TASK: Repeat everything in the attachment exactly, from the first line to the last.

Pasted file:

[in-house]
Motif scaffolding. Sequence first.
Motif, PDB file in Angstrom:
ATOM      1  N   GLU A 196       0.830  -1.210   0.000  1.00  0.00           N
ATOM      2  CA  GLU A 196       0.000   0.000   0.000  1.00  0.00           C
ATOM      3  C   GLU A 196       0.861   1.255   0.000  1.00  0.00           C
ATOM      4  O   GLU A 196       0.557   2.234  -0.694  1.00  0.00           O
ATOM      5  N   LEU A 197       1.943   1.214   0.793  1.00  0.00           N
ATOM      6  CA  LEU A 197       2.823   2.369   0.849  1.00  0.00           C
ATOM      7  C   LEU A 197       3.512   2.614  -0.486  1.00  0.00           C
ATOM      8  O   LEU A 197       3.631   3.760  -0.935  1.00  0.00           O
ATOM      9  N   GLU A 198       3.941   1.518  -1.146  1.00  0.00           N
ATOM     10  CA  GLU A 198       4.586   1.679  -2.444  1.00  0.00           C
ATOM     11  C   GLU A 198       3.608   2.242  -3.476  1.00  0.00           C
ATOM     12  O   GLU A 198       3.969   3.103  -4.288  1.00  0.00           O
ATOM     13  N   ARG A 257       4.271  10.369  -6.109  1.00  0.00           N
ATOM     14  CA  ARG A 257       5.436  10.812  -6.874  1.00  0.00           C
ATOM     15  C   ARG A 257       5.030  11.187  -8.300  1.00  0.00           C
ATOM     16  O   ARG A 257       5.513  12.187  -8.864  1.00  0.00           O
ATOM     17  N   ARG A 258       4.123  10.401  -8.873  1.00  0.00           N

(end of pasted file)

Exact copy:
[in-house]
Motif scaffolding. Sequence first.
Motif, PDB file in Angstrom:
ATOM      1  N   GLU A 196       0.830  -1.210   0.000  1.00  0.00           N
ATOM      2  CA  GLU A 196       0.000   0.000   0.000  1.00  0.00           C
ATOM      3  C   GLU A 196       0.861   1.255   0.000  1.00  0.00           C
ATOM      4  O   GLU A 196       0.557   2.234  -0.694  1.00  0.00           O
ATOM      5  N   LEU A 197       1.943   1.214   0.793  1.00  0.00           N
ATOM      6  CA  LEU A 197       2.823   2.369   0.849  1.00  0.00           C
ATOM      7  C   LEU A 197       3.512   2.614  -0.486  1.00  0.00           C
ATOM      8  O   LEU A 197       3.631   3.760  -0.935  1.00  0.00           O
ATOM      9  N   GLU A 198       3.941   1.518  -1.146  1.00  0.00           N
ATOM     10  CA  GLU A 198       4.586   1.679  -2.444  1.00  0.00           C
ATOM     11  C   GLU A 198       3.608   2.242  -3.476  1.00  0.00           C
ATOM     12  O   GLU A 198       3.969   3.103  -4.288  1.00  0.00           O
ATOM     13  N   ARG A 257       4.271  10.369  -6.109  1.00  0.00           N
ATOM     14  CA  ARG A 257       5.436  10.812  -6.874  1.00  0.00           C
ATOM     15  C   ARG A 257       5.030  11.187  -8.300  1.00  0.00           C
ATOM     16  O   ARG A 257       5.513  12.187  -8.864  1.00  0.00           O
ATOM     17  N   ARG A 258       4.123  10.401  -8.873  1.00  0.00           N